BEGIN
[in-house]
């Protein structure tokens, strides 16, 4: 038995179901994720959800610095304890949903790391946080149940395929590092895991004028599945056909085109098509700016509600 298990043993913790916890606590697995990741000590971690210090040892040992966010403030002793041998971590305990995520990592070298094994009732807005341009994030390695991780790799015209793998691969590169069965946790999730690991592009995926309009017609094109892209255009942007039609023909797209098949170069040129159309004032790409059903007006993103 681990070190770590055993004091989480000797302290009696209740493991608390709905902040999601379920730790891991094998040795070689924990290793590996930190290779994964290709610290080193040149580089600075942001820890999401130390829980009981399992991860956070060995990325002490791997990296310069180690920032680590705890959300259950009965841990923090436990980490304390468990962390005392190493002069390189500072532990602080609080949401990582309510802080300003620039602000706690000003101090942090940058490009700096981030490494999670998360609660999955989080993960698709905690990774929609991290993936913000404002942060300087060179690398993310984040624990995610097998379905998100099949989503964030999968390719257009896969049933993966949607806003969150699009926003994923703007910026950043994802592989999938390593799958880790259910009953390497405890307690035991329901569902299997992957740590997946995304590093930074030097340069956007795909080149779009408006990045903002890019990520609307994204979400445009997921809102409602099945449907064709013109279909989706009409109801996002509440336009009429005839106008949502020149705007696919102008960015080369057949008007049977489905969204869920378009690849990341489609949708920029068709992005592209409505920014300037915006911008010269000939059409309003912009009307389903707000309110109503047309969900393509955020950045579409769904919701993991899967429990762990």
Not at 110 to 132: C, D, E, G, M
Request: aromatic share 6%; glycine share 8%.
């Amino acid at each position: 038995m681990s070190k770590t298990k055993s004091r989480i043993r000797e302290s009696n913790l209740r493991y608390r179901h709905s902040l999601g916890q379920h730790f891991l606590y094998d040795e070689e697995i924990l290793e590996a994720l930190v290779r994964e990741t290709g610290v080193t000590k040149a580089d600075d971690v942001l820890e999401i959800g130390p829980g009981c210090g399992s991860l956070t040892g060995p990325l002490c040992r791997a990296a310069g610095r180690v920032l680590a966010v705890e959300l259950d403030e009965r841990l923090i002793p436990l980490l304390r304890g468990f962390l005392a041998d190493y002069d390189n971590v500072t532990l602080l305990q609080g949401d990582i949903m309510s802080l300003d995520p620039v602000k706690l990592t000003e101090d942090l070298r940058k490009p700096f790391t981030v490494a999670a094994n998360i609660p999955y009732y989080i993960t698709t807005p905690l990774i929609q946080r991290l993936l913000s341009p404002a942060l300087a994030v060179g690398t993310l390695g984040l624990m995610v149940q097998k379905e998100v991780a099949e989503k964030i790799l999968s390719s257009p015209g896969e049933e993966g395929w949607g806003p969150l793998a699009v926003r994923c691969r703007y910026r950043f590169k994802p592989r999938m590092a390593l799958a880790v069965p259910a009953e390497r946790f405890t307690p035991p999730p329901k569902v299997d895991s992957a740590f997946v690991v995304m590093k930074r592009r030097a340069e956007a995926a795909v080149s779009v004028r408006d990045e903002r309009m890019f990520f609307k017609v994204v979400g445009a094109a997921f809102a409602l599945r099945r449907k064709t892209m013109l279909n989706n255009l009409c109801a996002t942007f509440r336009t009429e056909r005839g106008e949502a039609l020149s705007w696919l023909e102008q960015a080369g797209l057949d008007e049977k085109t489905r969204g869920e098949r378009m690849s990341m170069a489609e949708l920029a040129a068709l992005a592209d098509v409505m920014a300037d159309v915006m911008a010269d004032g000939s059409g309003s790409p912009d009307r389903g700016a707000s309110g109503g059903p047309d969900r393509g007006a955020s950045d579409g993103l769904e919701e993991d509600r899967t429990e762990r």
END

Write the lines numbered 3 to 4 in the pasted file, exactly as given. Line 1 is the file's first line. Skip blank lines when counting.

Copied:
Not at 110 to 132: C, D, E, G, M
Request: aromatic share 6%; glycine share 8%.